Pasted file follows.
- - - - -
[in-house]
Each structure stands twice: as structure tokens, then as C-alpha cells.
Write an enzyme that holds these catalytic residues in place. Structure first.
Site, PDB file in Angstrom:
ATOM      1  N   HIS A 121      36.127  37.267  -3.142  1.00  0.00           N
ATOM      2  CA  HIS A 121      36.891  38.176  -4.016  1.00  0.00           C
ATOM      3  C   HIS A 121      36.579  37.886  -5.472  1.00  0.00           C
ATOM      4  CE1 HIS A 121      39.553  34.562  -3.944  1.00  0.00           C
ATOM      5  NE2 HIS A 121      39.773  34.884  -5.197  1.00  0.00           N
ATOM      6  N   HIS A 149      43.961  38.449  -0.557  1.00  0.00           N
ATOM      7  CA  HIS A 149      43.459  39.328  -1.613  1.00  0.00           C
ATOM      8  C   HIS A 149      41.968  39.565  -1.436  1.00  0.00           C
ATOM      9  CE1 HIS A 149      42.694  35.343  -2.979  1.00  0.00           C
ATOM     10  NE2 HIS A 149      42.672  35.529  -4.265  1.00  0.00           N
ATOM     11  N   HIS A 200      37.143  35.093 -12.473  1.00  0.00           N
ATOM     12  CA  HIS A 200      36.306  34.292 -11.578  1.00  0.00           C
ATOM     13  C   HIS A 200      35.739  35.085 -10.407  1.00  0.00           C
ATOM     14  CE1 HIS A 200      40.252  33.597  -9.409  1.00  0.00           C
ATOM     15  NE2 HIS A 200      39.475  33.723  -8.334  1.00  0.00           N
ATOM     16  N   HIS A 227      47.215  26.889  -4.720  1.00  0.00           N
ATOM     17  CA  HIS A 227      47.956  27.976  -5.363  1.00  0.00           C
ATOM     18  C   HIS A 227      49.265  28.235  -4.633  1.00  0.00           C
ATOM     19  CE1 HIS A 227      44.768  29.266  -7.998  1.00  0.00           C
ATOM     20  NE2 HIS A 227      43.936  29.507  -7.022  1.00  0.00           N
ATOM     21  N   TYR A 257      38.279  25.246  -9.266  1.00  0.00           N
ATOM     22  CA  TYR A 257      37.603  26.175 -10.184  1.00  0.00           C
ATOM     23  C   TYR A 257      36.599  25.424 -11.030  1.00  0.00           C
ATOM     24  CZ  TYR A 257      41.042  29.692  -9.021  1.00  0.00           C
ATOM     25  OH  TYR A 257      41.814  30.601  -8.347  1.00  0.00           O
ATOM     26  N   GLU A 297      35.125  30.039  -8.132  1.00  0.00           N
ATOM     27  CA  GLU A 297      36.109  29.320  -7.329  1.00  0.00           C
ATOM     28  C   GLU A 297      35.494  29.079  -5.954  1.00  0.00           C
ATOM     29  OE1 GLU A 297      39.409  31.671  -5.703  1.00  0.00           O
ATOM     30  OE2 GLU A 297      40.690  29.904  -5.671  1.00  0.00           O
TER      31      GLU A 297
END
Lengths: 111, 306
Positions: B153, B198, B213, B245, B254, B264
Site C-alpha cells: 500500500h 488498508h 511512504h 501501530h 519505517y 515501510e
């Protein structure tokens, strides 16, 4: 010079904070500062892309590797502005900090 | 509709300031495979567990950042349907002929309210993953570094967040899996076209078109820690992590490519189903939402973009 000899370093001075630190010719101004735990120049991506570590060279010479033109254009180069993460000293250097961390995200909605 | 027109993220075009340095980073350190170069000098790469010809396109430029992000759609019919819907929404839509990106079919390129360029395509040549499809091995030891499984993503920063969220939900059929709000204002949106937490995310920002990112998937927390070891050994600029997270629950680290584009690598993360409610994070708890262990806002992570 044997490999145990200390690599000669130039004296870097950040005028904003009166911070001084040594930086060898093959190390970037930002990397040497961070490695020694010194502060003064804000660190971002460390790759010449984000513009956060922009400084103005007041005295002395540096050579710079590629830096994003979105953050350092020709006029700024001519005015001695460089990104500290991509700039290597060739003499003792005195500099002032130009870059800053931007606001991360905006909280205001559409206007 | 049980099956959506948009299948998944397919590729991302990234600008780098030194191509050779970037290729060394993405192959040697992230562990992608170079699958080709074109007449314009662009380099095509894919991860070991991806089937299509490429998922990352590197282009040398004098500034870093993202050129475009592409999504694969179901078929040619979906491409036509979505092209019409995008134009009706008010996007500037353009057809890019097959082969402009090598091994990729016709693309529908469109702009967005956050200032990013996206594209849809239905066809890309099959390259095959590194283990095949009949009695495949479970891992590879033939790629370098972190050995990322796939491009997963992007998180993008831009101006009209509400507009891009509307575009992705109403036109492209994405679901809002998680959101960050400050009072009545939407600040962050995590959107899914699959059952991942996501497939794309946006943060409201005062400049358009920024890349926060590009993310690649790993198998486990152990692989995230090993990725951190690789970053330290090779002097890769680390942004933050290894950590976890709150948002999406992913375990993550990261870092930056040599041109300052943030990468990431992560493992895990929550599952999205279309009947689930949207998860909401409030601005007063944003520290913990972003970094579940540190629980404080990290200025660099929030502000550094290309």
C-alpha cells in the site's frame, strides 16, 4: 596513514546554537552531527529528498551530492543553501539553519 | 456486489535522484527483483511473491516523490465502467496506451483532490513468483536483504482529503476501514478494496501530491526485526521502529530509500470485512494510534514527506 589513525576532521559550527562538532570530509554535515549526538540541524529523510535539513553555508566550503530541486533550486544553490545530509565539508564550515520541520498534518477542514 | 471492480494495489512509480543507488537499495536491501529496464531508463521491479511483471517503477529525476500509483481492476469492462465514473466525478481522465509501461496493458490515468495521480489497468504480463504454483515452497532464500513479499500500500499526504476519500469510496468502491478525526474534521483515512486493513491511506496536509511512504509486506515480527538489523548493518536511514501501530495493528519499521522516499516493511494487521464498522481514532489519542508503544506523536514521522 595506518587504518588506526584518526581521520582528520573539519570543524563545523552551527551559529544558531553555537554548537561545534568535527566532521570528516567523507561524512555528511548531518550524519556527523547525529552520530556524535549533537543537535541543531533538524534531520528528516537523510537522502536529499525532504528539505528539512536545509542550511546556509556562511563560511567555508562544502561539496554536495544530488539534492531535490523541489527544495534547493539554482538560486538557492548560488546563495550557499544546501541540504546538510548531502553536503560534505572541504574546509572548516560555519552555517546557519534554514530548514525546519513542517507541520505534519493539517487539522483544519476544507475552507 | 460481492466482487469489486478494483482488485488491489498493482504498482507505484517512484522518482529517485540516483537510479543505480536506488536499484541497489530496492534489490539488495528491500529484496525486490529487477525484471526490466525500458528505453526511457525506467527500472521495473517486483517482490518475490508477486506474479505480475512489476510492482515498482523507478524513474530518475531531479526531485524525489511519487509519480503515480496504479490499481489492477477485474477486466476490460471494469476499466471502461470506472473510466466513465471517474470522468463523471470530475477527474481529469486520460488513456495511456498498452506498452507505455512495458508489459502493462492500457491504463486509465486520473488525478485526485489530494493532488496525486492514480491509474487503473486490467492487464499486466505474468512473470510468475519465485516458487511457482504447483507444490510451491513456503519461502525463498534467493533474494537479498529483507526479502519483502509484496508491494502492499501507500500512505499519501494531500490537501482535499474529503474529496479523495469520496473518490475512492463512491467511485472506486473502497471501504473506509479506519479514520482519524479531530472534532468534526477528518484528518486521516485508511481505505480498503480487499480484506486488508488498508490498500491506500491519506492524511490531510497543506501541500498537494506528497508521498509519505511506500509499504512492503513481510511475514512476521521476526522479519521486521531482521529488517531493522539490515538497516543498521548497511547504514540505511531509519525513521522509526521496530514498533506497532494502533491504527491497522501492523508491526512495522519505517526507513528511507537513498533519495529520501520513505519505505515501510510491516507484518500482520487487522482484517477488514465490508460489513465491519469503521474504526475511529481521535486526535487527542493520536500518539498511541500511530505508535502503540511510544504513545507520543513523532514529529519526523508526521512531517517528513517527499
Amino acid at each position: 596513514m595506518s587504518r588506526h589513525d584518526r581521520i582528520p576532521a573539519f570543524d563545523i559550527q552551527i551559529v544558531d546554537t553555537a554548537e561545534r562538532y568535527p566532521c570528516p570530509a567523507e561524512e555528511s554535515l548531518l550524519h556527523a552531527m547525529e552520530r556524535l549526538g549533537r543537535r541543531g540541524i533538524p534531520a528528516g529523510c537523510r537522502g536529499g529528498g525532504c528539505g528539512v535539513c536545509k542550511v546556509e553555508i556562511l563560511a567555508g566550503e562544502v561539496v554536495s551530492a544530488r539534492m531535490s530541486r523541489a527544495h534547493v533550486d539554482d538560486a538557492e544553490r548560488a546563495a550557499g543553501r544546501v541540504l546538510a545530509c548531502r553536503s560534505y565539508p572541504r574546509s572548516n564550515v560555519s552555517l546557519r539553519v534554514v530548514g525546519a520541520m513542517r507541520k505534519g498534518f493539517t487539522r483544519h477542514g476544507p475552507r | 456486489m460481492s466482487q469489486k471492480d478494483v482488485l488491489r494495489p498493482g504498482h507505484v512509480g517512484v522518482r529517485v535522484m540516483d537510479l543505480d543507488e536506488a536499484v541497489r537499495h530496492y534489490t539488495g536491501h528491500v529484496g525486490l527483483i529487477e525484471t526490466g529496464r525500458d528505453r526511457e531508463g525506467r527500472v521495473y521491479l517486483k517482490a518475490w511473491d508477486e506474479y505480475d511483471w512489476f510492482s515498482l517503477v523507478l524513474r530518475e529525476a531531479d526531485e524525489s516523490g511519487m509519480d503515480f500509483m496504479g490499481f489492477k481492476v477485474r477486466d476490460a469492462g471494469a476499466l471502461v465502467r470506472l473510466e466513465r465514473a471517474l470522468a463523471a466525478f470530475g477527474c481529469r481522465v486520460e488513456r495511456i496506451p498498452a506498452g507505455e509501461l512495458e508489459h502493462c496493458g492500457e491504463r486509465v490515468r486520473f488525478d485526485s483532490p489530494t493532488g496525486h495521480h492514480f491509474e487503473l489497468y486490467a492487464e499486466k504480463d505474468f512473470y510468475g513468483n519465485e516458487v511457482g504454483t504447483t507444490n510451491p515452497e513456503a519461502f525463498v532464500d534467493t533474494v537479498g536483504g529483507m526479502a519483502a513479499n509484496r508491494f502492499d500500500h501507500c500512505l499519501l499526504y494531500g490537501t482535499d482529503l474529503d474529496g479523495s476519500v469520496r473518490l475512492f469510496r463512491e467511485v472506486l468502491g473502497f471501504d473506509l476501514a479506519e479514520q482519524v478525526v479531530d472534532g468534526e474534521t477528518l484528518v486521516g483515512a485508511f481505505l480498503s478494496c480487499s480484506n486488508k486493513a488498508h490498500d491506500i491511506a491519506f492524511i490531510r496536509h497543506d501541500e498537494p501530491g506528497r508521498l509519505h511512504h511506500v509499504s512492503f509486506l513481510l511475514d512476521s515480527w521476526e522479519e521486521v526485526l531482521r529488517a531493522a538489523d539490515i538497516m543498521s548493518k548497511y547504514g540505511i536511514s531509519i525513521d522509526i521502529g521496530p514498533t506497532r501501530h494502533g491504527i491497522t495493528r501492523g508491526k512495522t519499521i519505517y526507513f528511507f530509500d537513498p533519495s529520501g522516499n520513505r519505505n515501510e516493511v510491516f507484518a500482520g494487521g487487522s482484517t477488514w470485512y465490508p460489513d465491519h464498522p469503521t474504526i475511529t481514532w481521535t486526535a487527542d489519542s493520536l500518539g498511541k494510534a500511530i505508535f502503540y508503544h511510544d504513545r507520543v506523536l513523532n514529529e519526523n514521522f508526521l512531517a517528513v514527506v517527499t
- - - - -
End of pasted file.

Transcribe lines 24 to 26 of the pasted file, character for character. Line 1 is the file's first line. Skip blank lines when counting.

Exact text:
ATOM     20  NE2 HIS A 227      43.936  29.507  -7.022  1.00  0.00           N
ATOM     21  N   TYR A 257      38.279  25.246  -9.266  1.00  0.00           N
ATOM     22  CA  TYR A 257      37.603  26.175 -10.184  1.00  0.00           C